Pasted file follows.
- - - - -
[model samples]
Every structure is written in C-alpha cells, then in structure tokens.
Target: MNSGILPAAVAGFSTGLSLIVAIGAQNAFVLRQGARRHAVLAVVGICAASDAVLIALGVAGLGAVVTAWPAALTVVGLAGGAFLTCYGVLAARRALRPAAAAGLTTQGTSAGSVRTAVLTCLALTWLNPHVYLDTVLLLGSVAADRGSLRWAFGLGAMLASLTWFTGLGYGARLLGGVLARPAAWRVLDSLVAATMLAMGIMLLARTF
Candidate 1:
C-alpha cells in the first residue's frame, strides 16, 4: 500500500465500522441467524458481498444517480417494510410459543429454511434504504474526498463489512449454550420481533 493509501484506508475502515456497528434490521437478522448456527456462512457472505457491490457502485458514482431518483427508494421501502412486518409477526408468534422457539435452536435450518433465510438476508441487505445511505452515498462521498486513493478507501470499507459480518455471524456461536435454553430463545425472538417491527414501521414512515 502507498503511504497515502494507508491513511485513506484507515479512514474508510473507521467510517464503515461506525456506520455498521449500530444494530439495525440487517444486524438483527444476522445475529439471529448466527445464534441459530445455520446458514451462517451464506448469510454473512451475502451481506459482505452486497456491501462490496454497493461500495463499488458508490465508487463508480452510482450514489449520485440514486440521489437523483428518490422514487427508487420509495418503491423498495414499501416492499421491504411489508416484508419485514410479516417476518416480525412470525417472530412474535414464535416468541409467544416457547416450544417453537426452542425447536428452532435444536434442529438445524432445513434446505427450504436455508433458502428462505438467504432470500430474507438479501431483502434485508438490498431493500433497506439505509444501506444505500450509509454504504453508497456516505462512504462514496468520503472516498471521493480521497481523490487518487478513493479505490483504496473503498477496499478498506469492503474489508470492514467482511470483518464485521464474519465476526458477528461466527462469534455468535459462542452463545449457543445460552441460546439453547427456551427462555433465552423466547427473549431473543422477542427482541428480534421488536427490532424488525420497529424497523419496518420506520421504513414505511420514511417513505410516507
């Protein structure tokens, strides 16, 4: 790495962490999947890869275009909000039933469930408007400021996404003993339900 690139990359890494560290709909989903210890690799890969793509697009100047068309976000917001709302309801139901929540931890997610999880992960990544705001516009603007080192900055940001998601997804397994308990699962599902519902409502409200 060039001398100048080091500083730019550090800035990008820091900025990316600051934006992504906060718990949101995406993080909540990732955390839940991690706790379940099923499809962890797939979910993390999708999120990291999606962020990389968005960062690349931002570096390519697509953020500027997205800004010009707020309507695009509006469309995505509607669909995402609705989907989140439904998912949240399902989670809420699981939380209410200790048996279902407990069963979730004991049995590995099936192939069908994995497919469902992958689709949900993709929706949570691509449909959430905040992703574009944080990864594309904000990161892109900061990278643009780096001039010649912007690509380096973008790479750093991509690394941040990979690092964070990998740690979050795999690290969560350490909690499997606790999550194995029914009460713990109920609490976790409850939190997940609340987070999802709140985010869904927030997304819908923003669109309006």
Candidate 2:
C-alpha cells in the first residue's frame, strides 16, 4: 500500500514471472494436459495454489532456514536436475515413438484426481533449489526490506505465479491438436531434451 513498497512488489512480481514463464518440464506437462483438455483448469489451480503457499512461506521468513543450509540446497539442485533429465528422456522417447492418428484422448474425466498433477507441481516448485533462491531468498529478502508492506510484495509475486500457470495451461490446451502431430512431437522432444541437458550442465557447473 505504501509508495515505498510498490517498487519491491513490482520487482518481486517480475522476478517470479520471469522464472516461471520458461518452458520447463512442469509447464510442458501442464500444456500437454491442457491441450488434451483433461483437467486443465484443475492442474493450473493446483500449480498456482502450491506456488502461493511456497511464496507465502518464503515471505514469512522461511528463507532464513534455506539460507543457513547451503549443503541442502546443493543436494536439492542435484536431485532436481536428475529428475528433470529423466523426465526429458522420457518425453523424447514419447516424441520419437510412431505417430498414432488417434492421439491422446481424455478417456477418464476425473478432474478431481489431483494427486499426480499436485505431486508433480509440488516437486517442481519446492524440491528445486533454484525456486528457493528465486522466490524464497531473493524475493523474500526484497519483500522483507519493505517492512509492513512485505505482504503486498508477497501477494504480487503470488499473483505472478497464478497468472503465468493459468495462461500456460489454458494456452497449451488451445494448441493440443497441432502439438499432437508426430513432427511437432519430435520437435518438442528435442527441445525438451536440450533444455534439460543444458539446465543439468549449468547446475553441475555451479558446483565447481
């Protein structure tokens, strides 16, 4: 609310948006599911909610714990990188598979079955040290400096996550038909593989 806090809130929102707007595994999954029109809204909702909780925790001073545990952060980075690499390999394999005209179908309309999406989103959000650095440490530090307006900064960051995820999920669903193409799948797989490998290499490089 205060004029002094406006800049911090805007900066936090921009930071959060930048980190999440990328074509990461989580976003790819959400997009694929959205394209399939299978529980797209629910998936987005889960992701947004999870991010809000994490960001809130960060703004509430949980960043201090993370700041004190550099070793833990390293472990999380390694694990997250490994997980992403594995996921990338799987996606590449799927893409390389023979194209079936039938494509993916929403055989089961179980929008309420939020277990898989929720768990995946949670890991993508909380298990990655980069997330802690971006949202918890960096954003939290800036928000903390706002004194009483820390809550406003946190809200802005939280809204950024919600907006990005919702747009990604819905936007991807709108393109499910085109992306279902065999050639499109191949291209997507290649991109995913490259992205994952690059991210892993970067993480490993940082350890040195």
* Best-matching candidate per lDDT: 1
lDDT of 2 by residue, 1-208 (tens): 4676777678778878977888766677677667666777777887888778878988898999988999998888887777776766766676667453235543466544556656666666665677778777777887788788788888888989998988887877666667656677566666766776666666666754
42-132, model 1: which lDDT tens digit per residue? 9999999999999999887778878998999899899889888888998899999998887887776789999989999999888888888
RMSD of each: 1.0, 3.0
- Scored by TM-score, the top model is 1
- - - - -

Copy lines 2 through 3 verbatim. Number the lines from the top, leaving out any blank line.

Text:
Every structure is written in C-alpha cells, then in structure tokens.
Target: MNSGILPAAVAGFSTGLSLIVAIGAQNAFVLRQGARRHAVLAVVGICAASDAVLIALGVAGLGAVVTAWPAALTVVGLAGGAFLTCYGVLAARRALRPAAAAGLTTQGTSAGSVRTAVLTCLALTWLNPHVYLDTVLLLGSVAADRGSLRWAFGLGAMLASLTWFTGLGYGARLLGGVLARPAAWRVLDSLVAATMLAMGIMLLARTF